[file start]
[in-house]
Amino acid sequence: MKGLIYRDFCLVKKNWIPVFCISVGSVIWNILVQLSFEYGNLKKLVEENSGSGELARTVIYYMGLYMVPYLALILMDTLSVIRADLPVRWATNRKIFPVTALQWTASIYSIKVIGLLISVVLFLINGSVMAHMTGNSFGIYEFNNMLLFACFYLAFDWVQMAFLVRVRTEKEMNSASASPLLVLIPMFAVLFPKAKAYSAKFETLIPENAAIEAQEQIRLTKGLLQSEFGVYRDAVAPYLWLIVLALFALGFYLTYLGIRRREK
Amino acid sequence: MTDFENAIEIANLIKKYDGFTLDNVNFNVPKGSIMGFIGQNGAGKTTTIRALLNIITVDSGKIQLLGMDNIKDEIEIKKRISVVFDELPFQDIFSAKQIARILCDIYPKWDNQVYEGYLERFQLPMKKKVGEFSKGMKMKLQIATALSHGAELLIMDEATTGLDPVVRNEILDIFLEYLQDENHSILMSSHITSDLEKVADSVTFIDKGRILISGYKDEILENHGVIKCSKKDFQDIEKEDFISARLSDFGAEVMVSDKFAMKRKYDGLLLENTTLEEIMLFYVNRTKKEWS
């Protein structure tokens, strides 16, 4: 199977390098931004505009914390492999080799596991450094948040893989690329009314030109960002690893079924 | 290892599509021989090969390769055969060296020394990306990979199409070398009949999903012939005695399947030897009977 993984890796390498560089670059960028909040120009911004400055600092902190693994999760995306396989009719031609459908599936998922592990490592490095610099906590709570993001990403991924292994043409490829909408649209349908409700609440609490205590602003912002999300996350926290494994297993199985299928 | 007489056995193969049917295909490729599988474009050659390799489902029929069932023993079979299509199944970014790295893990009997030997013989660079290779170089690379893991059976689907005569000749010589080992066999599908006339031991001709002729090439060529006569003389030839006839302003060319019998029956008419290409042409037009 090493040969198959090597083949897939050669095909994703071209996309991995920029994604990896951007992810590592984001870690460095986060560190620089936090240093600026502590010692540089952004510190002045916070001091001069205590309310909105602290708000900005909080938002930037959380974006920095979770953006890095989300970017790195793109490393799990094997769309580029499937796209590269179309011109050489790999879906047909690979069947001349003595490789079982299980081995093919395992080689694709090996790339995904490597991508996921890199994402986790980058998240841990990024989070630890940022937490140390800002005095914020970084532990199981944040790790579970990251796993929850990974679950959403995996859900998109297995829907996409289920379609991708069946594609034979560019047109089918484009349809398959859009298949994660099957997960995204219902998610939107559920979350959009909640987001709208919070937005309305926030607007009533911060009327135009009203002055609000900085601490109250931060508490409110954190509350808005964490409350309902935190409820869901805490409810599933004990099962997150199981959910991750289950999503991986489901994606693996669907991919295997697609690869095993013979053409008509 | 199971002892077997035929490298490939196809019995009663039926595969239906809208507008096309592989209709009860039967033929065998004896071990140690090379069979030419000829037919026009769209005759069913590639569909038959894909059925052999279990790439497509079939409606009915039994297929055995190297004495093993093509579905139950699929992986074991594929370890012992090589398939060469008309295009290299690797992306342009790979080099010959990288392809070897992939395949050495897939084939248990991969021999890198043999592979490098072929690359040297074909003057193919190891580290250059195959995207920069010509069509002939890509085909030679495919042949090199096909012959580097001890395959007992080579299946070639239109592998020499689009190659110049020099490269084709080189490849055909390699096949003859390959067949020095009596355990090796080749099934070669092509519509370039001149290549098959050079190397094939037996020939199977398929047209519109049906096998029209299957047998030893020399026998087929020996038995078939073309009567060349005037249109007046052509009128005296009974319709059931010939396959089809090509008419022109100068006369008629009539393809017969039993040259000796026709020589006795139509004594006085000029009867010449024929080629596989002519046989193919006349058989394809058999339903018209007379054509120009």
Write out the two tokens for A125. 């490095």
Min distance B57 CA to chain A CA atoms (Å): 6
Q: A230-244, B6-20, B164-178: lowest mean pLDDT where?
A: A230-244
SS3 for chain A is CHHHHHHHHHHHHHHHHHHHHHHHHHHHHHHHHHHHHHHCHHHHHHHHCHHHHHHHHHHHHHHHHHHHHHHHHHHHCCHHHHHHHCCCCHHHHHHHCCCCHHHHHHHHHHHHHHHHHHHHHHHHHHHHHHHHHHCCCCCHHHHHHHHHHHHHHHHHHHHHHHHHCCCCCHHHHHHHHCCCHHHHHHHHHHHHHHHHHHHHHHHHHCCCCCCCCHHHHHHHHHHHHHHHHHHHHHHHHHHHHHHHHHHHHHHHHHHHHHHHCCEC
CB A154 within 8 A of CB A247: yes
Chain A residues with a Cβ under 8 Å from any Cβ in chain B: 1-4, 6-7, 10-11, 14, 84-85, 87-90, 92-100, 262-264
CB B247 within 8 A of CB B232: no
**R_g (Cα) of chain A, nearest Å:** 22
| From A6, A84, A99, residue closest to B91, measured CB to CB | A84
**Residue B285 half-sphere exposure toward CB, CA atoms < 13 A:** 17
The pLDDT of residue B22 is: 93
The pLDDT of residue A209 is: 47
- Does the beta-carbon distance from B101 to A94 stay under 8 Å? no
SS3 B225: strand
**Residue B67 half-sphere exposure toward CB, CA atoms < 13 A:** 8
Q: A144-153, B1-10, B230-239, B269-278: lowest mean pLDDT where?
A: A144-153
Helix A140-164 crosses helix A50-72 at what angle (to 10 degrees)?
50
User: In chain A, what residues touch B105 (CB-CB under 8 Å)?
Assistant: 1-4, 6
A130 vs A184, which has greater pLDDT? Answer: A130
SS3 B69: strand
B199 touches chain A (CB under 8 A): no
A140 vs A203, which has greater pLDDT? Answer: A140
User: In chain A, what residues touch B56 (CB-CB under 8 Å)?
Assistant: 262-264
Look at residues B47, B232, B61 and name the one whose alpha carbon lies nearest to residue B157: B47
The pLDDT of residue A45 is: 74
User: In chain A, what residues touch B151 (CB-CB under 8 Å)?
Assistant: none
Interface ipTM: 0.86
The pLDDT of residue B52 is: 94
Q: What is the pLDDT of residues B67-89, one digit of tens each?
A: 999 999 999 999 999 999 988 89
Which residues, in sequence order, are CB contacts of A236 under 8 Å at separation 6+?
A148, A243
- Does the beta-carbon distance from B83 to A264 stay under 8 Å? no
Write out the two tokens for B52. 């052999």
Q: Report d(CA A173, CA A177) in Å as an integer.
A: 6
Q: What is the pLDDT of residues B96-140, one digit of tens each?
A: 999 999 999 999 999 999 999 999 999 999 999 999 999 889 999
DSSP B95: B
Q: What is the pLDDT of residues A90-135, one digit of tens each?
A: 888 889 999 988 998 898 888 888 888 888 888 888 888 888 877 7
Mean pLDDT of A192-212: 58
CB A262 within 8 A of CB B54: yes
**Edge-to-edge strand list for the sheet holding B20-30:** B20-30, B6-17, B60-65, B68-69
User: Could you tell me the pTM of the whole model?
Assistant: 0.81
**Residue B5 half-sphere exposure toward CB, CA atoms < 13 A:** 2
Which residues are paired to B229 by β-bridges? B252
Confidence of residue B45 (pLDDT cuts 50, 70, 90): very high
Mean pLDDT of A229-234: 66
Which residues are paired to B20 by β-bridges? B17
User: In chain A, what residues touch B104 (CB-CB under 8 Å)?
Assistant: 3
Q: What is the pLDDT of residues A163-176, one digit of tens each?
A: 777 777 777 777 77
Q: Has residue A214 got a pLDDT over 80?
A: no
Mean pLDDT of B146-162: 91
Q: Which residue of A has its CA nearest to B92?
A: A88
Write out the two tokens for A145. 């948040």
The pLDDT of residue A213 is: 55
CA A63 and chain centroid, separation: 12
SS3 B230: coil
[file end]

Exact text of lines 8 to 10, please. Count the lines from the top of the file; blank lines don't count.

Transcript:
A: A230-244
SS3 for chain A is CHHHHHHHHHHHHHHHHHHHHHHHHHHHHHHHHHHHHHHCHHHHHHHHCHHHHHHHHHHHHHHHHHHHHHHHHHHHCCHHHHHHHCCCCHHHHHHHCCCCHHHHHHHHHHHHHHHHHHHHHHHHHHHHHHHHHHCCCCCHHHHHHHHHHHHHHHHHHHHHHHHHCCCCCHHHHHHHHCCCHHHHHHHHHHHHHHHHHHHHHHHHHCCCCCCCCHHHHHHHHHHHHHHHHHHHHHHHHHHHHHHHHHHHHHHHHHHHHHHHCCEC
CB A154 within 8 A of CB A247: yes